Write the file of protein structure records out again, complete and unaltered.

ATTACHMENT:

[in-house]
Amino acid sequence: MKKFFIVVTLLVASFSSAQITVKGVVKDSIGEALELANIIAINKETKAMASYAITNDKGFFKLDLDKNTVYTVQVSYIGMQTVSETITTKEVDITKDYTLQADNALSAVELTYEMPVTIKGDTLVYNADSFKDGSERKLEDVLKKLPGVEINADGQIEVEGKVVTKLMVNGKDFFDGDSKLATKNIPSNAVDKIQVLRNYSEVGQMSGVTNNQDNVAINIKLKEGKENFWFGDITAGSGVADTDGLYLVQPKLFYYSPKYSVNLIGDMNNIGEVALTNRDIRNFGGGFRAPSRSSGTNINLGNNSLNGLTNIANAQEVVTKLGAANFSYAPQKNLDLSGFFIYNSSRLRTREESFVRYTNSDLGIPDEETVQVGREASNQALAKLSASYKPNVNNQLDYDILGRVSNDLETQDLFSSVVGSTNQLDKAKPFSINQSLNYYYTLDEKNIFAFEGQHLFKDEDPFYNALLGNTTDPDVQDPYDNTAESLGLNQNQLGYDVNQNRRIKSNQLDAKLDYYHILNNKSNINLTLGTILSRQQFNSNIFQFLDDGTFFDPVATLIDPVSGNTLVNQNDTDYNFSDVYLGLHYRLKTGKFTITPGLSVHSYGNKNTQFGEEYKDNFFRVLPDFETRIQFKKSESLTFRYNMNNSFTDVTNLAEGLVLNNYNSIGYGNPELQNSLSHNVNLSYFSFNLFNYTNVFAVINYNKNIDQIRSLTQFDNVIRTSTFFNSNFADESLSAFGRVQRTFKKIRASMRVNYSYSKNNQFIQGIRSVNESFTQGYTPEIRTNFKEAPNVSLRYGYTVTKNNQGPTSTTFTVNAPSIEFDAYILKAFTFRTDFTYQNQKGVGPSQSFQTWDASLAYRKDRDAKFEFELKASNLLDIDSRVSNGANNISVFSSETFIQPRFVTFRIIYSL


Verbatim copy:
[in-house]
Amino acid sequence: MKKFFIVVTLLVASFSSAQITVKGVVKDSIGEALELANIIAINKETKAMASYAITNDKGFFKLDLDKNTVYTVQVSYIGMQTVSETITTKEVDITKDYTLQADNALSAVELTYEMPVTIKGDTLVYNADSFKDGSERKLEDVLKKLPGVEINADGQIEVEGKVVTKLMVNGKDFFDGDSKLATKNIPSNAVDKIQVLRNYSEVGQMSGVTNNQDNVAINIKLKEGKENFWFGDITAGSGVADTDGLYLVQPKLFYYSPKYSVNLIGDMNNIGEVALTNRDIRNFGGGFRAPSRSSGTNINLGNNSLNGLTNIANAQEVVTKLGAANFSYAPQKNLDLSGFFIYNSSRLRTREESFVRYTNSDLGIPDEETVQVGREASNQALAKLSASYKPNVNNQLDYDILGRVSNDLETQDLFSSVVGSTNQLDKAKPFSINQSLNYYYTLDEKNIFAFEGQHLFKDEDPFYNALLGNTTDPDVQDPYDNTAESLGLNQNQLGYDVNQNRRIKSNQLDAKLDYYHILNNKSNINLTLGTILSRQQFNSNIFQFLDDGTFFDPVATLIDPVSGNTLVNQNDTDYNFSDVYLGLHYRLKTGKFTITPGLSVHSYGNKNTQFGEEYKDNFFRVLPDFETRIQFKKSESLTFRYNMNNSFTDVTNLAEGLVLNNYNSIGYGNPELQNSLSHNVNLSYFSFNLFNYTNVFAVINYNKNIDQIRSLTQFDNVIRTSTFFNSNFADESLSAFGRVQRTFKKIRASMRVNYSYSKNNQFIQGIRSVNESFTQGYTPEIRTNFKEAPNVSLRYGYTVTKNNQGPTSTTFTVNAPSIEFDAYILKAFTFRTDFTYQNQKGVGPSQSFQTWDASLAYRKDRDAKFEFELKASNLLDIDSRVSNGANNISVFSSETFIQPRFVTFRIIYSL